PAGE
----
News about news
- The Supreme Court of Canada has ruled that the CBC did not have to “unpublish” a story it posted about a homicide victim after a publication ban was ordered because the victim was a minor. The decision does not set a precedent that publication bans don’t apply to previously published online articles, but rather says that an injunction to order a news organization to remove such stories has a much stronger test than the appeal court thought. A separate ruling acquitting the CBC of contempt of court is being appealed by the Crown.
- Concordia University’s journalism program is starting a sports journalism course, funded thanks to a 2015 donation from Sportsnet that helped Rogers satisfy CRTC-imposed conditions related to its acquisition of The Score (now Sportsnet 360). The Concordian has also published Concordia’s 2015 pitch to Sportsnet for the donation, which it got through an access to information request.
- La Presse+ is putting out a special edition at noon every day of the Olympics with the latest from Pyeongchang, whose time zone doesn’t work well with its 1:30am ET deadline.
- NiemanLab has a story about the Washington Post’s Arc Publishing system and its growing popularity among newspaper publishers. Its clients include the Globe and Mail.
- Fox News pulled an opinion piece published online that basically said that the Olympics were too diverse.
At the CRTC
- The commission sent a flurry of letters to various media companies asking for confidential information about their users. Included in that list is Netflix, which famously refused to provide similar data during the Let’s Talk TV proceeding. This time the CRTC says explicitly that it has already decided that all information provided will be kept confidential and that decision is final. Other companies who received such requests are Google, Amazon, Apple, Spotify, Facebook, and the usual Canadian broadcasters and telecom companies.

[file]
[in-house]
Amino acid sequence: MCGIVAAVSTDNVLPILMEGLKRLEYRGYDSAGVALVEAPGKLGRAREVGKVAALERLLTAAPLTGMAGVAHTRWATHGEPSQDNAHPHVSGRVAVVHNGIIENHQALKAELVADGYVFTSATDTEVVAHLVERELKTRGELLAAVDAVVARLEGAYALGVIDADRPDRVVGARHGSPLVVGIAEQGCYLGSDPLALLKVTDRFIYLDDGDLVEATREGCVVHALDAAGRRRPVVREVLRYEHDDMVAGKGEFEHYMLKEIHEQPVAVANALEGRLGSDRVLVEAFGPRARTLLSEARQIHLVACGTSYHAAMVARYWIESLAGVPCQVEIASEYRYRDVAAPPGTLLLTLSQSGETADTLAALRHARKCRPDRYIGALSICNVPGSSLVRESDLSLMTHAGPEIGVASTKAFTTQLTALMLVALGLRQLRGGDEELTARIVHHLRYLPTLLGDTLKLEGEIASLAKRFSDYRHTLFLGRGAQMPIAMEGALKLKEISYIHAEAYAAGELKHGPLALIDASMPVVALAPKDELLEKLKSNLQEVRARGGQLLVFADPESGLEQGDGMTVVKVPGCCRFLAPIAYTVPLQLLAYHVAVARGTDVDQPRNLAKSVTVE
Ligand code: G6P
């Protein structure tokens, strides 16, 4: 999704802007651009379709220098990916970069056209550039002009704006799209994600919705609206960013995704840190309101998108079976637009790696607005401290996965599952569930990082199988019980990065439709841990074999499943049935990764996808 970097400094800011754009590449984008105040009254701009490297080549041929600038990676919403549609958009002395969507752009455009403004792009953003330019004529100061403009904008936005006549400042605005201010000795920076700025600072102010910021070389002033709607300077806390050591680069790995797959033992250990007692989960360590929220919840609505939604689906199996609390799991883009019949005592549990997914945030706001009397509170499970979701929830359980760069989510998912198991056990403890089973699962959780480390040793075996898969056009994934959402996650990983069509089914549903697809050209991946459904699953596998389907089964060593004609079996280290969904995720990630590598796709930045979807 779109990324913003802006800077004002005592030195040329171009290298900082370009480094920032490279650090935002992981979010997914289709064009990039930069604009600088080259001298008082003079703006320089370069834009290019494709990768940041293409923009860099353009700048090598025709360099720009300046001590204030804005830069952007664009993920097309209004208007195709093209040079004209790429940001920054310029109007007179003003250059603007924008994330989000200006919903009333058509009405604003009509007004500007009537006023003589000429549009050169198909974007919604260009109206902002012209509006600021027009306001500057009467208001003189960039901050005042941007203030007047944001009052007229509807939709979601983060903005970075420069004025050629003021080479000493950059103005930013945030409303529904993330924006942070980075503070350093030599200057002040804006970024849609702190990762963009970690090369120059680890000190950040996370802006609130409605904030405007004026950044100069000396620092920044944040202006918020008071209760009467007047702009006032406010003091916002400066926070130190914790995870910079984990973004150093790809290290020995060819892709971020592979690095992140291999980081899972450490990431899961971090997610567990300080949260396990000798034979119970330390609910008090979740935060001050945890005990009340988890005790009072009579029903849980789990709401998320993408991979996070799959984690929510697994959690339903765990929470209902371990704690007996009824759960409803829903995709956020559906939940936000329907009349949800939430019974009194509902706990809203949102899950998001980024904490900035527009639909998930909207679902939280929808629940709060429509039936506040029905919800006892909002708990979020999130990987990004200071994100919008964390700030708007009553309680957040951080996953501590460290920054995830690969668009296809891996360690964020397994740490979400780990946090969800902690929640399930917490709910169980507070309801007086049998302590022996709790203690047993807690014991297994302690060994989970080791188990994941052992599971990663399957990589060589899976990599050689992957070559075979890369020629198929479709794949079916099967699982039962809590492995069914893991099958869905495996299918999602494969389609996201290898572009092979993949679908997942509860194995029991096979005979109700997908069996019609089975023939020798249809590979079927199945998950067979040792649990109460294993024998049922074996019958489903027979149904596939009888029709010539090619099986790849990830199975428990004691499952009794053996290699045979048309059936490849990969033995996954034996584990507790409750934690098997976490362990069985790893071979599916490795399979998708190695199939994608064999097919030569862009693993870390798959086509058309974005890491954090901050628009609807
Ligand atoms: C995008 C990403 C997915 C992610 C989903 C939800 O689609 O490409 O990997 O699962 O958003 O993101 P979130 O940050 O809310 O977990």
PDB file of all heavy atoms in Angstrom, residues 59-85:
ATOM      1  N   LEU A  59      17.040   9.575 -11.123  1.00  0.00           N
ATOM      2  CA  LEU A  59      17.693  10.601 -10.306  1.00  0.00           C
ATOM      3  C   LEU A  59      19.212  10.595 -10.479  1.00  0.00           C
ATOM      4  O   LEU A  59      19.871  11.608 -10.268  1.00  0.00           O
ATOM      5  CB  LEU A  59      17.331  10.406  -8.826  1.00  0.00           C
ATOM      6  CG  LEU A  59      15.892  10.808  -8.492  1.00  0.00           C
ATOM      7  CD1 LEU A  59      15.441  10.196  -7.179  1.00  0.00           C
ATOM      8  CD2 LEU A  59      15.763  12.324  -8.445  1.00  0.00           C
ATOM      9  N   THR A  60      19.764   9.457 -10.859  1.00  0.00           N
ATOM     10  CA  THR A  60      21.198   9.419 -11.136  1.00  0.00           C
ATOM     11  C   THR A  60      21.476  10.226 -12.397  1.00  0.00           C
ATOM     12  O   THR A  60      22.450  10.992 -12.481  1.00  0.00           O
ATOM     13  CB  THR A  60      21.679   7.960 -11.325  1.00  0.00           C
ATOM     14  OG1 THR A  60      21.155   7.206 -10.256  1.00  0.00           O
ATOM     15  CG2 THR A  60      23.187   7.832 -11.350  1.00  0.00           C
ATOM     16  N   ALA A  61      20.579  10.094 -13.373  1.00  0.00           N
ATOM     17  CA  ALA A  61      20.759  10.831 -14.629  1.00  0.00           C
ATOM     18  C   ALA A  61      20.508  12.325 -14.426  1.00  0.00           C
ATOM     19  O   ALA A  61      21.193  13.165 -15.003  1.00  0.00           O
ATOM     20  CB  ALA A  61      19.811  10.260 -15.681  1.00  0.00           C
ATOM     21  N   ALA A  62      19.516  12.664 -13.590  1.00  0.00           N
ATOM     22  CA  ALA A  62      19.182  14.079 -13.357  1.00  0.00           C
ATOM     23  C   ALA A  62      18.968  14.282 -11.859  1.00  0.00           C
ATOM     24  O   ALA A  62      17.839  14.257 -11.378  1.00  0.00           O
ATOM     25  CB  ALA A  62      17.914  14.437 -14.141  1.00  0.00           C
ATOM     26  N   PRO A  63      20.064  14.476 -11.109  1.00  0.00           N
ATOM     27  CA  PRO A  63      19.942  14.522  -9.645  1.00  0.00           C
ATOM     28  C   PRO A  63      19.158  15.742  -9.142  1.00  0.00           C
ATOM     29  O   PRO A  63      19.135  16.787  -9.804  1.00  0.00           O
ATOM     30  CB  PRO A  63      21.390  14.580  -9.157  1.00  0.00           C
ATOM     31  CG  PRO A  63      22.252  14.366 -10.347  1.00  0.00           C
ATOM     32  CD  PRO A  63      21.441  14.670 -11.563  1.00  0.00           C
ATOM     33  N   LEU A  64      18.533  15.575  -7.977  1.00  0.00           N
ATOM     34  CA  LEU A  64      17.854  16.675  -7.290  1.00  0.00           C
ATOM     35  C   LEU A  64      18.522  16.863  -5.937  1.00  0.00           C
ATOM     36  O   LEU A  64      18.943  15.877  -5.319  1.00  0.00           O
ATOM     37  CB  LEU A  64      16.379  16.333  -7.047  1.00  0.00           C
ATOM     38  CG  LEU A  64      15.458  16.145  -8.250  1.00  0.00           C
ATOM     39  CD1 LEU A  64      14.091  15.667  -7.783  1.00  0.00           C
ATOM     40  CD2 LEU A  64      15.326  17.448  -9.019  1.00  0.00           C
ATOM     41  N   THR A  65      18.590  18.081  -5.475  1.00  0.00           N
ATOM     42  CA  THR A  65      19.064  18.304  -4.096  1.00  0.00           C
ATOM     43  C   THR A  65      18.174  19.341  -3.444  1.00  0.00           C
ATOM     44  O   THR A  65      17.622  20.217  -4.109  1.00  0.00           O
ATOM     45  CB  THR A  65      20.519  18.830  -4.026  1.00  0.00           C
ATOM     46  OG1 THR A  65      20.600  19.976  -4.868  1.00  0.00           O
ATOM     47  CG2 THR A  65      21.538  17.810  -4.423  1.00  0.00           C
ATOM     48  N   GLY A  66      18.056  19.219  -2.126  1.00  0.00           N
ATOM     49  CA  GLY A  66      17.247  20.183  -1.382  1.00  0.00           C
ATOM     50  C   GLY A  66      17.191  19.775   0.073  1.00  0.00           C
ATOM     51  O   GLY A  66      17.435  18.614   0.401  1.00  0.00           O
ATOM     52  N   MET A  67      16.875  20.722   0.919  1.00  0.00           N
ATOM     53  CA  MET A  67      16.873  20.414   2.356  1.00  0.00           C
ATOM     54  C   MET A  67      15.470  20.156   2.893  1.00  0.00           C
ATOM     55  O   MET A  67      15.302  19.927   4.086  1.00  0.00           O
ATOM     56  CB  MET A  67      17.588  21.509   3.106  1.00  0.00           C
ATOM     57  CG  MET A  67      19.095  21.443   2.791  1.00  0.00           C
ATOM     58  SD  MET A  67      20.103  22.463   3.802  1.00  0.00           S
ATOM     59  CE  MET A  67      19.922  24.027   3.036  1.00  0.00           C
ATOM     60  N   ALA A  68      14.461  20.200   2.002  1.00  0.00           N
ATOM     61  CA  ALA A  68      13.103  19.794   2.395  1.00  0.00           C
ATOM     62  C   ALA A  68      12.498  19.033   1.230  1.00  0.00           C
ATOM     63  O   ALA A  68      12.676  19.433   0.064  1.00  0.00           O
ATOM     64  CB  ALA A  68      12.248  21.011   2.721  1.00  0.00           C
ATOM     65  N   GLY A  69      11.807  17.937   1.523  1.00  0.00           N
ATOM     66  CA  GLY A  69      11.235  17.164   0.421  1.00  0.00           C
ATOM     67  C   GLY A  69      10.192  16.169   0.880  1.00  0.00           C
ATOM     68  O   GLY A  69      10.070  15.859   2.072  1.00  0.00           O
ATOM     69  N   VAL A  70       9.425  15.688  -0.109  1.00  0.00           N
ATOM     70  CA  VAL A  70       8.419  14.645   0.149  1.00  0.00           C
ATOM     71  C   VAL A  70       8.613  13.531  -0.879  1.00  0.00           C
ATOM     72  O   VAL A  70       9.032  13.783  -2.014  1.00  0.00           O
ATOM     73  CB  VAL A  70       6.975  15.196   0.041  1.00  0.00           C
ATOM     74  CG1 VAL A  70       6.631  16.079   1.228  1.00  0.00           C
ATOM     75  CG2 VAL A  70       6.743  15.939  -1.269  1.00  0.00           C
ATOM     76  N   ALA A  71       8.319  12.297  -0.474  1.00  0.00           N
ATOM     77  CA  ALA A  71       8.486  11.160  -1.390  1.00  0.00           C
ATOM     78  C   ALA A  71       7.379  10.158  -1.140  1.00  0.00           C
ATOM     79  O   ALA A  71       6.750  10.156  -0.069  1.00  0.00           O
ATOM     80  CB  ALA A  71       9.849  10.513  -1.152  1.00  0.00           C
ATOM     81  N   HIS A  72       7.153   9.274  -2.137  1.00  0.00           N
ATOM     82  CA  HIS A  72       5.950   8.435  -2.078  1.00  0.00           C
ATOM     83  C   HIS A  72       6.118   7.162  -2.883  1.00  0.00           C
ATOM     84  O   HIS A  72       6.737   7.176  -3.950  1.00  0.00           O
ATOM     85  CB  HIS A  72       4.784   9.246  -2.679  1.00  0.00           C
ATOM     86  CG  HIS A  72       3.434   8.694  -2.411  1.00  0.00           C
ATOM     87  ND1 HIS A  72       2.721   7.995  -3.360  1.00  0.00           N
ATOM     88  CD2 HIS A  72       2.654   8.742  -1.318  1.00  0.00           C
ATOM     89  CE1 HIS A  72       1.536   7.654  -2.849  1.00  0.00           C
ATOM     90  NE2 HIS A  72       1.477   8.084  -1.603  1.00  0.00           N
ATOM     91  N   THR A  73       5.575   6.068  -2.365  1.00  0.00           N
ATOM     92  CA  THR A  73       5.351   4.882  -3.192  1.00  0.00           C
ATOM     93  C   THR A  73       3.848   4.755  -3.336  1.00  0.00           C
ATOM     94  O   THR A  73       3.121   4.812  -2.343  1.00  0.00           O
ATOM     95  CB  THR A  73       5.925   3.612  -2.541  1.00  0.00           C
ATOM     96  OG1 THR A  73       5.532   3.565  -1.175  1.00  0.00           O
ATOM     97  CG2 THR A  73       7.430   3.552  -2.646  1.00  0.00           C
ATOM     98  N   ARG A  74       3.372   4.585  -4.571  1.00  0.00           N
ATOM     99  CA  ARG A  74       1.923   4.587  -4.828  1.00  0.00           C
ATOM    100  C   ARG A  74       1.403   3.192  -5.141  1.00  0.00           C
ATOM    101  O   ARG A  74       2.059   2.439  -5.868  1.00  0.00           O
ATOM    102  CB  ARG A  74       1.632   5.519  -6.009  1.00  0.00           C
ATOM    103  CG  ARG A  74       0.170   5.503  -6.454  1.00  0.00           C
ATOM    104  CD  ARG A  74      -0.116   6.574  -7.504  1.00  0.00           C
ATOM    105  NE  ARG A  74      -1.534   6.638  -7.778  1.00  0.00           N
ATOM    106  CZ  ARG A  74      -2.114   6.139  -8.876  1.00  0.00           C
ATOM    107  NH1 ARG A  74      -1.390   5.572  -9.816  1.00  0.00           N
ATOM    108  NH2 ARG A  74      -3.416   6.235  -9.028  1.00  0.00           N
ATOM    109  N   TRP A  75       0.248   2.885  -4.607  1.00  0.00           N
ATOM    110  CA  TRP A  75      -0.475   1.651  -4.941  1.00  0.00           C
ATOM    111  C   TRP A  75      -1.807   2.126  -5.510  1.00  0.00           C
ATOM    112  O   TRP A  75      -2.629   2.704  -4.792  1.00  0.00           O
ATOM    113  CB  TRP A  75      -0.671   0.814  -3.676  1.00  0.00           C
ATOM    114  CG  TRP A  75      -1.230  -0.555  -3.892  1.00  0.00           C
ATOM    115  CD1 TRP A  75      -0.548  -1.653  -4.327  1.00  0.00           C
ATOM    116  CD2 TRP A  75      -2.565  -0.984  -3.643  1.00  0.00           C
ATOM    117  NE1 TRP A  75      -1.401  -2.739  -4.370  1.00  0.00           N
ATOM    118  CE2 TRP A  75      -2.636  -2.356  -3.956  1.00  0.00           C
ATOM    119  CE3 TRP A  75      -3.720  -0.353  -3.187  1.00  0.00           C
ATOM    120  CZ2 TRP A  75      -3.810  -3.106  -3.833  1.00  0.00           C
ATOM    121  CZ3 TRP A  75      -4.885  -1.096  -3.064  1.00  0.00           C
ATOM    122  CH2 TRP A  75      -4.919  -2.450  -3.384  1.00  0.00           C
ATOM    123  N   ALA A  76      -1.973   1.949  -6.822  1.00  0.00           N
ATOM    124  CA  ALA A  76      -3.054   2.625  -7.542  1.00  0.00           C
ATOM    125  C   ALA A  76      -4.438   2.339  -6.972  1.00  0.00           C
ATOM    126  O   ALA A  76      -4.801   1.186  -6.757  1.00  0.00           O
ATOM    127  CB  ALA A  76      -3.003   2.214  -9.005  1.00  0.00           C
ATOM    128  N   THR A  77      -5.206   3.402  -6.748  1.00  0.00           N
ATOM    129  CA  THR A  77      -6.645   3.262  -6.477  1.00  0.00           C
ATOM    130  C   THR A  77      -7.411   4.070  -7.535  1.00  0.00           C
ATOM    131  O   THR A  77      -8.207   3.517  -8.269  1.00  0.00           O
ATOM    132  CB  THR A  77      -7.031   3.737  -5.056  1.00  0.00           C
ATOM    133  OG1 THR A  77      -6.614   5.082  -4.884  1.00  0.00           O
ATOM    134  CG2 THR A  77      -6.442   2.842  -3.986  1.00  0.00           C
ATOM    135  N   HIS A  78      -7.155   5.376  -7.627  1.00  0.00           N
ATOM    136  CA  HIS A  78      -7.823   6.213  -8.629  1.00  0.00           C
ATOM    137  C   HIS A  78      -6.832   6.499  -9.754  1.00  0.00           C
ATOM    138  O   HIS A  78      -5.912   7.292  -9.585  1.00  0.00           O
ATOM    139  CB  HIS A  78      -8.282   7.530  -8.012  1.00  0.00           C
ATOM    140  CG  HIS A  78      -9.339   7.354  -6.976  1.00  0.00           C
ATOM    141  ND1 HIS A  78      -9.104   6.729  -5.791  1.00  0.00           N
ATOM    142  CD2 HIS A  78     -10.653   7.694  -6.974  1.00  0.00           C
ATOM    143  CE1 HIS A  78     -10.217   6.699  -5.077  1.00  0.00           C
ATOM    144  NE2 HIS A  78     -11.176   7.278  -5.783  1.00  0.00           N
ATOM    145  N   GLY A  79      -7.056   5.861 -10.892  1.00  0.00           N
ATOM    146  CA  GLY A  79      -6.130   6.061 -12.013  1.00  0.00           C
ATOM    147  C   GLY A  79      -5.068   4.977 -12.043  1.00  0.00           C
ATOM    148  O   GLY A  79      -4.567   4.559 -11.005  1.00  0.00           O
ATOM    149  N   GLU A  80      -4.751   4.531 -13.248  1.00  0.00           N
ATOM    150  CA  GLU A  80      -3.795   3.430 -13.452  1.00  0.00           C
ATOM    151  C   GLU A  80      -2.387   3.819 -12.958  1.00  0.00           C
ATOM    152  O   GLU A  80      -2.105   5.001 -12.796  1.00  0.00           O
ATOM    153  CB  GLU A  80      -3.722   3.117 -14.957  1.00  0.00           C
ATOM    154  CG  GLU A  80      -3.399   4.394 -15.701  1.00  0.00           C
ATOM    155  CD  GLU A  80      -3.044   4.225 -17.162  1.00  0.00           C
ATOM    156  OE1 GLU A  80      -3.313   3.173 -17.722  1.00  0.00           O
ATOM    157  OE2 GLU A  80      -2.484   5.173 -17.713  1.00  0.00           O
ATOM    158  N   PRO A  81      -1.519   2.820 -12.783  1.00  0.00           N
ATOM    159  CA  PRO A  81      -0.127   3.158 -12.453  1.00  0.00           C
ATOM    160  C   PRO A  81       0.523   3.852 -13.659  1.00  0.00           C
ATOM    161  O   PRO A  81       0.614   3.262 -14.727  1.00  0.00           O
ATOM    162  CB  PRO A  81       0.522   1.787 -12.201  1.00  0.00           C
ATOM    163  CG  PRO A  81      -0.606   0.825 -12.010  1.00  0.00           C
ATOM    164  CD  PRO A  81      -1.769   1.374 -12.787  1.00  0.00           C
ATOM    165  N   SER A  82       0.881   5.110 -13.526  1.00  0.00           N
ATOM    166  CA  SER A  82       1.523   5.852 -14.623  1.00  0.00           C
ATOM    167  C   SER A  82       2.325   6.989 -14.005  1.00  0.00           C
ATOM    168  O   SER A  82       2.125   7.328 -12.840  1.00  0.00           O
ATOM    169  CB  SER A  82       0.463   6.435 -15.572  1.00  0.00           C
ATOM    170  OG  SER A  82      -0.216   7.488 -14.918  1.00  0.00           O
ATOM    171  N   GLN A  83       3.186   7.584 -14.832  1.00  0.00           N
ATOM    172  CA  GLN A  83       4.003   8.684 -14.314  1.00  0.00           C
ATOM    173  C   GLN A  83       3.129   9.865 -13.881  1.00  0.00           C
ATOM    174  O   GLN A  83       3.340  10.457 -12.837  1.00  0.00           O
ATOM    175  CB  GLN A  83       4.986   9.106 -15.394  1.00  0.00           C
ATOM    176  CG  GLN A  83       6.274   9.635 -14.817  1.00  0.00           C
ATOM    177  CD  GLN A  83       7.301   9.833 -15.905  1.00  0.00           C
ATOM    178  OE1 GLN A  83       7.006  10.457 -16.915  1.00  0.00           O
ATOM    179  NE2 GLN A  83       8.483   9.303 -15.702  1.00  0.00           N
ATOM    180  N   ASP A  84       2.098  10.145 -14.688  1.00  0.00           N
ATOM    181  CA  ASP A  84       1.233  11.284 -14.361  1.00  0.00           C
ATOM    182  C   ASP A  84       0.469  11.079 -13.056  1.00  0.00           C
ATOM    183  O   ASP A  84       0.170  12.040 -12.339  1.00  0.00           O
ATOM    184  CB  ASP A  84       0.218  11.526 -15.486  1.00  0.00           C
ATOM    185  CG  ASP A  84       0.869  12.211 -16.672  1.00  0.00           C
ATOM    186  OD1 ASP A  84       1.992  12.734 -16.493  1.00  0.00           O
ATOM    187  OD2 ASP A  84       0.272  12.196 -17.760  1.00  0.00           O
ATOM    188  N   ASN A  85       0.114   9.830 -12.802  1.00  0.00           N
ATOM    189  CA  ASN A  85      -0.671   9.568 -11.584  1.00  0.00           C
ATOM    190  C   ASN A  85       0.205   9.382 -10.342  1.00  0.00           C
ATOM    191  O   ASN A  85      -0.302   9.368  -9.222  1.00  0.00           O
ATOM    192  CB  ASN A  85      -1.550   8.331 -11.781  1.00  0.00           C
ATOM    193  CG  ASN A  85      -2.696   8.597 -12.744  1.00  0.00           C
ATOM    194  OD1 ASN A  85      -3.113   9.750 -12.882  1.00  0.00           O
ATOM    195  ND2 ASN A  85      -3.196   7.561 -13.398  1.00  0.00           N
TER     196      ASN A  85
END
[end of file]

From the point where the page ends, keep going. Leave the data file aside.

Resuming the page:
- The battle continues over a proposal by an industry coalition to block piracy websites. The number of comments at the CRTC has passed the 4,500 mark as I write this. The deadline is March 1.
TV and video
— CTV (@CTV_Television) February 5, 2018
- You probably missed it because it was announced during the Super Bowl broadcast on CTV, but the new Canadian cop drama The Detail has a premiere date: March 25.
- Similarly, the new animated version of Corner Gas debuts April 2 on Comedy.
- Speaking of the Super Bowl, CTV’s ratings were about on par with last year, about 4.4 million, versus 7.3 million when its signal was substituted over the U.S. network feed. Though we don’t know how many Canadians watched on NBC across the country, in Toronto according to Bill Brioux it was 947,000 watching on CTV and 529,000 on WGRZ Buffalo.
- Bell Media has launched an app called Snackable TV, which offers short-form video content, mainly of the comedy variety. Bell says it will be ad-supported and free for consumers. But the design of the app is very clunky, and in general it seems like more of a consultant’s idea of what young people want than something that young people have actually been demanding. Most of the videos on the app are already available on YouTube, FunnyOrDie or other websites.